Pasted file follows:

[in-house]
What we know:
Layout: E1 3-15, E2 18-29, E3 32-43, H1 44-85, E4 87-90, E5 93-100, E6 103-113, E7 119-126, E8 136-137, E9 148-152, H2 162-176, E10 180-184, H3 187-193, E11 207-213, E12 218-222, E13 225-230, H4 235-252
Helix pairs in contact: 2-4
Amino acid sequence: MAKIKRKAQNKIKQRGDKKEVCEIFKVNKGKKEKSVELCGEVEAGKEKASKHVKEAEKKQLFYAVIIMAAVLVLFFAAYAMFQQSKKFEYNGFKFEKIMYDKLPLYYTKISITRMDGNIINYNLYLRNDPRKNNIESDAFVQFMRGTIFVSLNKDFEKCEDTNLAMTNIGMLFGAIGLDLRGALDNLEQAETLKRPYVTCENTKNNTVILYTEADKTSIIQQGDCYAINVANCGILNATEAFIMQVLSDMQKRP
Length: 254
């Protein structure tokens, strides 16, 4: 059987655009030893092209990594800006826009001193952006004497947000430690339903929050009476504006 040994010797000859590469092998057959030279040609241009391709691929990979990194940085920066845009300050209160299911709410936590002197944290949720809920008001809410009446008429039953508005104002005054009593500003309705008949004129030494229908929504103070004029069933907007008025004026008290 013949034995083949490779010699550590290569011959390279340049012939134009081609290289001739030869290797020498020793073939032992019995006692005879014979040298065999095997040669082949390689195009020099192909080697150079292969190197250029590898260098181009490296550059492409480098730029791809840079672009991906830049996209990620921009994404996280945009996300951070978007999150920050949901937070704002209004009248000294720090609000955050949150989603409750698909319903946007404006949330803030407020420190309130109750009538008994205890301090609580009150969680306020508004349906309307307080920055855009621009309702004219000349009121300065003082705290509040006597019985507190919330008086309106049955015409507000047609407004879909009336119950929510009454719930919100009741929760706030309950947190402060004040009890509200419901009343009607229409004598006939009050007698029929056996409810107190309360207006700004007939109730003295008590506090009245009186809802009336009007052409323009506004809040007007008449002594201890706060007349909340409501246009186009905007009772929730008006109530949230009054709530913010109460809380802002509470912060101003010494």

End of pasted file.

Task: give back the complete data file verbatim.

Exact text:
[in-house]
What we know:
Layout: E1 3-15, E2 18-29, E3 32-43, H1 44-85, E4 87-90, E5 93-100, E6 103-113, E7 119-126, E8 136-137, E9 148-152, H2 162-176, E10 180-184, H3 187-193, E11 207-213, E12 218-222, E13 225-230, H4 235-252
Helix pairs in contact: 2-4
Amino acid sequence: MAKIKRKAQNKIKQRGDKKEVCEIFKVNKGKKEKSVELCGEVEAGKEKASKHVKEAEKKQLFYAVIIMAAVLVLFFAAYAMFQQSKKFEYNGFKFEKIMYDKLPLYYTKISITRMDGNIINYNLYLRNDPRKNNIESDAFVQFMRGTIFVSLNKDFEKCEDTNLAMTNIGMLFGAIGLDLRGALDNLEQAETLKRPYVTCENTKNNTVILYTEADKTSIIQQGDCYAINVANCGILNATEAFIMQVLSDMQKRP
Length: 254
């Protein structure tokens, strides 16, 4: 059987655009030893092209990594800006826009001193952006004497947000430690339903929050009476504006 040994010797000859590469092998057959030279040609241009391709691929990979990194940085920066845009300050209160299911709410936590002197944290949720809920008001809410009446008429039953508005104002005054009593500003309705008949004129030494229908929504103070004029069933907007008025004026008290 013949034995083949490779010699550590290569011959390279340049012939134009081609290289001739030869290797020498020793073939032992019995006692005879014979040298065999095997040669082949390689195009020099192909080697150079292969190197250029590898260098181009490296550059492409480098730029791809840079672009991906830049996209990620921009994404996280945009996300951070978007999150920050949901937070704002209004009248000294720090609000955050949150989603409750698909319903946007404006949330803030407020420190309130109750009538008994205890301090609580009150969680306020508004349906309307307080920055855009621009309702004219000349009121300065003082705290509040006597019985507190919330008086309106049955015409507000047609407004879909009336119950929510009454719930919100009741929760706030309950947190402060004040009890509200419901009343009607229409004598006939009050007698029929056996409810107190309360207006700004007939109730003295008590506090009245009186809802009336009007052409323009506004809040007007008449002594201890706060007349909340409501246009186009905007009772929730008006109530949230009054709530913010109460809380802002509470912060101003010494």